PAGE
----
Once we reach the seventeenth century onwards, there is more documentary evidence available for a discussion of Oliver Cromwell and the Civil War, and the subsequent quasi-revolutionary episodes in the book. The republic proved no more than a brief interruption before the restoration of Charles II turned the clock back, though the would-be revolutionaries underestimated the conservatism of the Lord Protector, and the book notes that had the Levellers and Diggers succeeded in taking control of the army, England might well have experienced true revolution.
The Jacobite rebellion was a classic example of a venture in which the leader hesitated, began to doubt the strength of his support, and lost his nerve at the crucial moment. Just under a century later, the Chartist movement had its roots in the radical movements of the later Hanoverian era, particularly the campaign for universal male suffrage and the savage military suppression of demonstrators at what is remembered as the Peterloo massacre. However the Chartist leaders' cause, reasonable though their objectives were, was undermined not only by infiltration by government spies but also by their ready ability to fall out among themselves.
The General Strike differed from the six previous events in that none of the radicals at the heart of the movement had serious revolutionary aims, although one might have been forgiven for thinking so as a result of government paranoia at the time, which tended to over-dramatise the situation with its dire warnings about imminent red revolution. Personalities on both the government and union side are shrewdly analysed, with the wily Prime Minister Stanley Baldwin controlling the situation largely through a tamed BBC, yet occasionally having to rein in the hotheaded Winston Churchill, then Chancellor of the Exchequer, who over-reacted to the situation and inveighed against strikers as the enemy in their midst. Although McLynn does not appear over-enamoured with the institution of monarchy throughout these pages, he does give King George V all due credit for urging moderation and conciliation on both sides.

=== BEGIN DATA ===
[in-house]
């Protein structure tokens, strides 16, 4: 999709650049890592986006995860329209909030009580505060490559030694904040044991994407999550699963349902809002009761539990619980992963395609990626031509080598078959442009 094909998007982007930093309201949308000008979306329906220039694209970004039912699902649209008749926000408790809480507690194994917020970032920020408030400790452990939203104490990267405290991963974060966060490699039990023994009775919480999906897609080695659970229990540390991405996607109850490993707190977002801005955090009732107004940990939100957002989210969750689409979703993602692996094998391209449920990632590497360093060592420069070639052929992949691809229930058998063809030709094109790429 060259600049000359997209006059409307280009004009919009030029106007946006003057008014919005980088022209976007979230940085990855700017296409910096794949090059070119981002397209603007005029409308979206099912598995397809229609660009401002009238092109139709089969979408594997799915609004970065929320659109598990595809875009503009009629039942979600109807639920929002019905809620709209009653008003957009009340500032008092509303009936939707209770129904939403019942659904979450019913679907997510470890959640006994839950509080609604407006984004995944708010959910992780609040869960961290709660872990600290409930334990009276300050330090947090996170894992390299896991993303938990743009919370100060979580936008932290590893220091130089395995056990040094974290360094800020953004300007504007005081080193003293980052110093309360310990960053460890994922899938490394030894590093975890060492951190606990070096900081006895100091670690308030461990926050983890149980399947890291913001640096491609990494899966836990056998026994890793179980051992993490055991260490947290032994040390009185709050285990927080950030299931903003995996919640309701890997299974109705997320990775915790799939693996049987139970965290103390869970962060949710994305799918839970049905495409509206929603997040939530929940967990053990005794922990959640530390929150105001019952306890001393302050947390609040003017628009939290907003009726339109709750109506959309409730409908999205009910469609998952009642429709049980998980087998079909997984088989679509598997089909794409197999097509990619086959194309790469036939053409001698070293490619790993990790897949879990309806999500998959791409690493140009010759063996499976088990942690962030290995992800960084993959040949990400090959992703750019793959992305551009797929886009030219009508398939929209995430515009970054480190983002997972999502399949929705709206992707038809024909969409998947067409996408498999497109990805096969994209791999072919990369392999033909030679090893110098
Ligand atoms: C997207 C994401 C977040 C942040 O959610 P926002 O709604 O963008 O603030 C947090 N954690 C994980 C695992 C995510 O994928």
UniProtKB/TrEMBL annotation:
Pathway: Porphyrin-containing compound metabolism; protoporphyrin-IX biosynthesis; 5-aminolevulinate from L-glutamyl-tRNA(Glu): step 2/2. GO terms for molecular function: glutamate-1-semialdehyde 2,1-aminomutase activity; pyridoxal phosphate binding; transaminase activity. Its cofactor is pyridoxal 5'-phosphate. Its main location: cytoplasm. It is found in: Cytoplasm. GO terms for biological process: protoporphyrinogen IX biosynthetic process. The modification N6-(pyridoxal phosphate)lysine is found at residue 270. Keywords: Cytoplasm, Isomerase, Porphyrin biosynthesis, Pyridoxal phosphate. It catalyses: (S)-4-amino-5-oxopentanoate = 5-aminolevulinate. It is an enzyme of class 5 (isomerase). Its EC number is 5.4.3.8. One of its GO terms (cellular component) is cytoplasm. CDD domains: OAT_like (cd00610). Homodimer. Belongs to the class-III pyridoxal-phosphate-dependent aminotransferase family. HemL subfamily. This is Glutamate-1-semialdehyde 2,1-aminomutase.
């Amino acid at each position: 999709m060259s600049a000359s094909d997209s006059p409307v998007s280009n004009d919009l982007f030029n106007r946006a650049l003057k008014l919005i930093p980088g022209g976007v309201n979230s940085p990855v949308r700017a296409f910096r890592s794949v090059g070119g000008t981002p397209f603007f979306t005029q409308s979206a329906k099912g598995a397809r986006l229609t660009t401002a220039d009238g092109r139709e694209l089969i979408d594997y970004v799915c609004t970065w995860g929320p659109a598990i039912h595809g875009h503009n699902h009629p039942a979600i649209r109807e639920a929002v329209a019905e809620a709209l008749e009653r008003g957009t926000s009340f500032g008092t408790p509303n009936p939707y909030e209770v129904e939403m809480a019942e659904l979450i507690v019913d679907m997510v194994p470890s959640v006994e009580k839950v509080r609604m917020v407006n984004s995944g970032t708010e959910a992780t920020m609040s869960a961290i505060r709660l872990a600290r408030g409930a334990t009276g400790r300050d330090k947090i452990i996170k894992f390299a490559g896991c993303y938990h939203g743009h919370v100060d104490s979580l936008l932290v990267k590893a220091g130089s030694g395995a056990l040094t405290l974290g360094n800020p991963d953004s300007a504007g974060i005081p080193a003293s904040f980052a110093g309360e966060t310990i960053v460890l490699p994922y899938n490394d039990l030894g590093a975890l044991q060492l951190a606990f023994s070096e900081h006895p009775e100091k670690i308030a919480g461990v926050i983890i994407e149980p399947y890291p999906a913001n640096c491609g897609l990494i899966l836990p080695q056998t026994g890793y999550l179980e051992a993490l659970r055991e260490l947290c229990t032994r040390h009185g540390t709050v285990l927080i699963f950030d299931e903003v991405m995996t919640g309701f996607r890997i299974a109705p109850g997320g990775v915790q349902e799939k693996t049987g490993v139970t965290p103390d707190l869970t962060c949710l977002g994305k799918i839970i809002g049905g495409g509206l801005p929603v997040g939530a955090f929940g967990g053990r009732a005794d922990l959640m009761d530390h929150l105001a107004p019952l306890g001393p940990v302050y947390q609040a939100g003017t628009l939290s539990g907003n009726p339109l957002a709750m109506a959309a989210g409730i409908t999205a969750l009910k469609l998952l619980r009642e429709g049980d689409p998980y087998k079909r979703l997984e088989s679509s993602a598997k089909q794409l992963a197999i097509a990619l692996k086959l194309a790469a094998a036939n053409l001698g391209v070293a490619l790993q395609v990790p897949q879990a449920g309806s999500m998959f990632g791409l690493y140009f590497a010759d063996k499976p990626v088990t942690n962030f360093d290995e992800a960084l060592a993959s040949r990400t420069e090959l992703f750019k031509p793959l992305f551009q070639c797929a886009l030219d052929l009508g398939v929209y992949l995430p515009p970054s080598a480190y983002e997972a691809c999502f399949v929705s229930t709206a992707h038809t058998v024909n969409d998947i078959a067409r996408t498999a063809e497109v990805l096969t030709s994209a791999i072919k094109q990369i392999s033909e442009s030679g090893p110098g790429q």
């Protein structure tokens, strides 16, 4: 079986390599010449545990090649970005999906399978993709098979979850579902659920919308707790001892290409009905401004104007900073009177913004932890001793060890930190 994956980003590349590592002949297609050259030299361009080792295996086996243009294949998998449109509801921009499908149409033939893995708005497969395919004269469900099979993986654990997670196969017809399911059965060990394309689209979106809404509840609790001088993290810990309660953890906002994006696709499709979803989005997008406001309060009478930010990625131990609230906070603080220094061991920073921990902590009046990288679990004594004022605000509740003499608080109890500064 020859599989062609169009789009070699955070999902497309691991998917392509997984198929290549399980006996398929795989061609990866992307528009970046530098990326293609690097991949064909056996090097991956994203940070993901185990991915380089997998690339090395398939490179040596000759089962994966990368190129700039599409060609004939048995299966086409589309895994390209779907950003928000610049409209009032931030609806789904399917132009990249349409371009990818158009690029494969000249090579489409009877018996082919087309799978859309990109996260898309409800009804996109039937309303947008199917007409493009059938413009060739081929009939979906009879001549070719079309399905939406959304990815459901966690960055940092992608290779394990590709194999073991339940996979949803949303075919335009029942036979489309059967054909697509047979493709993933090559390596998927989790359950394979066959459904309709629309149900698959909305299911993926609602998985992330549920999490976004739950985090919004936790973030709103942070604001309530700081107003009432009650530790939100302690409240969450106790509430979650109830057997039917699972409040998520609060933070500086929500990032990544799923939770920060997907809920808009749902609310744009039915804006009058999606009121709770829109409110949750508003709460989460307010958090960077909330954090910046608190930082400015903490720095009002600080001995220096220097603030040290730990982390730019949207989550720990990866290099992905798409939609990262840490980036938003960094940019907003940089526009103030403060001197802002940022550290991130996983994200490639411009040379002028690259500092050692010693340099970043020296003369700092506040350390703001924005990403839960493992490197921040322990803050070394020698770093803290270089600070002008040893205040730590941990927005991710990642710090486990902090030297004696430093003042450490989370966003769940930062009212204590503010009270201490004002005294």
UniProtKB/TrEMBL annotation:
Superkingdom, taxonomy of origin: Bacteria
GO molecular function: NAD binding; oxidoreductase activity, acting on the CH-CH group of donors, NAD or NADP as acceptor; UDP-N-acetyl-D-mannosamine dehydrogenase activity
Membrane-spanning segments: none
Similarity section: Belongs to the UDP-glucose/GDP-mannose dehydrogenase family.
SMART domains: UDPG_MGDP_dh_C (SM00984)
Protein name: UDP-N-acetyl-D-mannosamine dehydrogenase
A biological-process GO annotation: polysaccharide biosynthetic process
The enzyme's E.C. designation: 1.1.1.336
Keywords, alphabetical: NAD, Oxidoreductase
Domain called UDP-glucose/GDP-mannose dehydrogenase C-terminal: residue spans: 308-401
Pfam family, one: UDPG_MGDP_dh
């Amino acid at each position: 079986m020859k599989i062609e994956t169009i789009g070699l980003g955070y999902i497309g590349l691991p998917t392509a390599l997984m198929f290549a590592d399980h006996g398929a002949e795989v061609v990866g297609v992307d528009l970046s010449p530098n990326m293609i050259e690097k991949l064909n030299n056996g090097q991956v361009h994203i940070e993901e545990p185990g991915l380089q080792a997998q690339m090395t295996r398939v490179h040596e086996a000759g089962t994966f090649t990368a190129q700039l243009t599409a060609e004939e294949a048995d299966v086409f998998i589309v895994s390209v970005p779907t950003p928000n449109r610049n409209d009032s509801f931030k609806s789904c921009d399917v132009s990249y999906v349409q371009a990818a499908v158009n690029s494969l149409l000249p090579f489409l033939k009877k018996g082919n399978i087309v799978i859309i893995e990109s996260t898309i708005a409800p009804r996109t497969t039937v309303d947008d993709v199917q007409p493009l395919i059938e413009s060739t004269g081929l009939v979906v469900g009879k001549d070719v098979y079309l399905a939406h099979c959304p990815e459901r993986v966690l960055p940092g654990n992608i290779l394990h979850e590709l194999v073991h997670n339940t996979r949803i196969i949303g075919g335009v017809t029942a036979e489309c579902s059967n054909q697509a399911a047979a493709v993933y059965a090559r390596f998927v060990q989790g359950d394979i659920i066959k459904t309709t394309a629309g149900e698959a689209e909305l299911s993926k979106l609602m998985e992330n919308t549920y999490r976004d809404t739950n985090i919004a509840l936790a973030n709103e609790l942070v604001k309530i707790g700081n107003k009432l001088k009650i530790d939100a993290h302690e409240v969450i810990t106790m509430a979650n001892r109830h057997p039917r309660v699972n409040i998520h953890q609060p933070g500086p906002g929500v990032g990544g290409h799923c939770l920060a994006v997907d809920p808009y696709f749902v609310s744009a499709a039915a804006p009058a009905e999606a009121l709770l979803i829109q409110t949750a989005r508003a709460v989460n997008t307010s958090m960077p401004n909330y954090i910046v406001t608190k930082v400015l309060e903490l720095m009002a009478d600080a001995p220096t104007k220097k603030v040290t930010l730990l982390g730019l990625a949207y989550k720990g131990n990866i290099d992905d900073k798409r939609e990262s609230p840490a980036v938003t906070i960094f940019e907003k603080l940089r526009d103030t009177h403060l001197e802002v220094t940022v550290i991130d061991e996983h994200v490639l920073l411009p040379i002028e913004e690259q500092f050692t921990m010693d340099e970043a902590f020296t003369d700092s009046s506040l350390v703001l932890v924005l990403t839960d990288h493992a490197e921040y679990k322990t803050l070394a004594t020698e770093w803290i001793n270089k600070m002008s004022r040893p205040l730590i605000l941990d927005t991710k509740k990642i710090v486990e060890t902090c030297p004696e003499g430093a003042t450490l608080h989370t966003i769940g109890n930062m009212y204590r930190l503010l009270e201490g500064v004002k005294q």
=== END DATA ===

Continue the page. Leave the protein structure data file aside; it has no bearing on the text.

This book covers the subject in great depth. McLynn's scrutiny of events and their severity on what might be seen as a Richter scale of anarchy is more than worthwhile, and his concluding chapter on revolutions, the failure of Marxism in Britain and what he sees as the Labour party's drift from socialism to social democracy and eventually a neo-liberal party, is sound. He ends with a quotation from Arthur Henderson, a Labour cabinet minister in the 1920s, saying that 'revolution is a word of evil omen' and that 'no responsible person can contemplate such a possibility without horror'.
Eight pages of plates in colour and black and white, from medieval and Victorian images as well as contemporary photographs of the strike in 1926, complement the text well.
I have to admit I found the style and especially the lengthy paragraphs - frequently over a page of fairly close print - a little heavy-going in places. At around 600 pages long the book is certainly not light reading, but even so it is an impressively researched and thoroughgoing work.
[This is a revised copy of the review I originally posted on Bookbag and ciao]